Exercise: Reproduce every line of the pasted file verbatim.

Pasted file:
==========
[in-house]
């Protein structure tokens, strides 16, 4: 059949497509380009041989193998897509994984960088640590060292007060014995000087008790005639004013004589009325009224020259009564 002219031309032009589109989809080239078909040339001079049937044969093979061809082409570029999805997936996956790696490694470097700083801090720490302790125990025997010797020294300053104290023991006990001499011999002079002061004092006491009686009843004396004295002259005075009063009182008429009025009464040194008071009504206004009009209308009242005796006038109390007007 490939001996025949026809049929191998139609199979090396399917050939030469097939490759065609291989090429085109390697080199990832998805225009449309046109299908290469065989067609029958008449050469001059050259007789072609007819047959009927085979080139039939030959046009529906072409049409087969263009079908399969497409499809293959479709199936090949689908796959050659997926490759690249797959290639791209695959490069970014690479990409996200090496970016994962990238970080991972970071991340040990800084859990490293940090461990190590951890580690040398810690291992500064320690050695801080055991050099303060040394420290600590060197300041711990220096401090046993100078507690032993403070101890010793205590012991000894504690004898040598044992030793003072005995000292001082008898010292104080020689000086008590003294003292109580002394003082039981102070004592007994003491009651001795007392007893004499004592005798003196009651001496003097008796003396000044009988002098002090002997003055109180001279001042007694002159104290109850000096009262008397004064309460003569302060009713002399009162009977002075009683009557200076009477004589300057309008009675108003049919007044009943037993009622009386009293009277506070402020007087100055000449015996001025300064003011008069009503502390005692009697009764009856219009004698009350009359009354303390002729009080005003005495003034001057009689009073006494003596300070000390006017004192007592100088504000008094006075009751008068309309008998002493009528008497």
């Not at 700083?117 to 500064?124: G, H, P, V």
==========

[in-house]
């Protein structure tokens, strides 16, 4: 059949497509380009041989193998897509994984960088640590060292007060014995000087008790005639004013004589009325009224020259009564 002219031309032009589109989809080239078909040339001079049937044969093979061809082409570029999805997936996956790696490694470097700083801090720490302790125990025997010797020294300053104290023991006990001499011999002079002061004092006491009686009843004396004295002259005075009063009182008429009025009464040194008071009504206004009009209308009242005796006038109390007007 490939001996025949026809049929191998139609199979090396399917050939030469097939490759065609291989090429085109390697080199990832998805225009449309046109299908290469065989067609029958008449050469001059050259007789072609007819047959009927085979080139039939030959046009529906072409049409087969263009079908399969497409499809293959479709199936090949689908796959050659997926490759690249797959290639791209695959490069970014690479990409996200090496970016994962990238970080991972970071991340040990800084859990490293940090461990190590951890580690040398810690291992500064320690050695801080055991050099303060040394420290600590060197300041711990220096401090046993100078507690032993403070101890010793205590012991000894504690004898040598044992030793003072005995000292001082008898010292104080020689000086008590003294003292109580002394003082039981102070004592007994003491009651001795007392007893004499004592005798003196009651001496003097008796003396000044009988002098002090002997003055109180001279001042007694002159104290109850000096009262008397004064309460003569302060009713002399009162009977002075009683009557200076009477004589300057309008009675108003049919007044009943037993009622009386009293009277506070402020007087100055000449015996001025300064003011008069009503502390005692009697009764009856219009004698009350009359009354303390002729009080005003005495003034001057009689009073006494003596300070000390006017004192007592100088504000008094006075009751008068309309008998002493009528008497």
């Not at 700083?117 to 500064?124: G, H, P, V």